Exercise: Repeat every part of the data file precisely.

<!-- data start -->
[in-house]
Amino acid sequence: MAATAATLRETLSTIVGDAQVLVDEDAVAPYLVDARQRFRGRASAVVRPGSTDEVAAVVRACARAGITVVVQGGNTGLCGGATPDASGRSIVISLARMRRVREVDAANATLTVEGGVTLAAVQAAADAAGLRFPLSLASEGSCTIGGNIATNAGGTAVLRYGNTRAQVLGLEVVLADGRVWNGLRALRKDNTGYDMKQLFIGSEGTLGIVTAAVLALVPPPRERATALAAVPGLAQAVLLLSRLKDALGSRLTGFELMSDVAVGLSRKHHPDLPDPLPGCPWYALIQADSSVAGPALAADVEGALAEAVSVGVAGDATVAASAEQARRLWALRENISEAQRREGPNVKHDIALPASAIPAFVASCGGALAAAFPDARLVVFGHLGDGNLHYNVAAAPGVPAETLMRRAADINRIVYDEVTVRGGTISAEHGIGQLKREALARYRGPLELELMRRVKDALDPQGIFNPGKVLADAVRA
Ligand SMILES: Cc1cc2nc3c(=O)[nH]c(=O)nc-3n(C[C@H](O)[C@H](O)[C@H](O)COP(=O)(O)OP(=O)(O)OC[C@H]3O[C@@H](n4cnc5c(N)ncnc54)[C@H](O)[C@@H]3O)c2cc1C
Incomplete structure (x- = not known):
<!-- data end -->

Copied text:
[in-house]
Amino acid sequence: MAATAATLRETLSTIVGDAQVLVDEDAVAPYLVDARQRFRGRASAVVRPGSTDEVAAVVRACARAGITVVVQGGNTGLCGGATPDASGRSIVISLARMRRVREVDAANATLTVEGGVTLAAVQAAADAAGLRFPLSLASEGSCTIGGNIATNAGGTAVLRYGNTRAQVLGLEVVLADGRVWNGLRALRKDNTGYDMKQLFIGSEGTLGIVTAAVLALVPPPRERATALAAVPGLAQAVLLLSRLKDALGSRLTGFELMSDVAVGLSRKHHPDLPDPLPGCPWYALIQADSSVAGPALAADVEGALAEAVSVGVAGDATVAASAEQARRLWALRENISEAQRREGPNVKHDIALPASAIPAFVASCGGALAAAFPDARLVVFGHLGDGNLHYNVAAAPGVPAETLMRRAADINRIVYDEVTVRGGTISAEHGIGQLKREALARYRGPLELELMRRVKDALDPQGIFNPGKVLADAVRA
Ligand SMILES: Cc1cc2nc3c(=O)[nH]c(=O)nc-3n(C[C@H](O)[C@H](O)[C@H](O)COP(=O)(O)OP(=O)(O)OC[C@H]3O[C@@H](n4cnc5c(N)ncnc54)[C@H](O)[C@@H]3O)c2cc1C
Incomplete structure (x- = not known):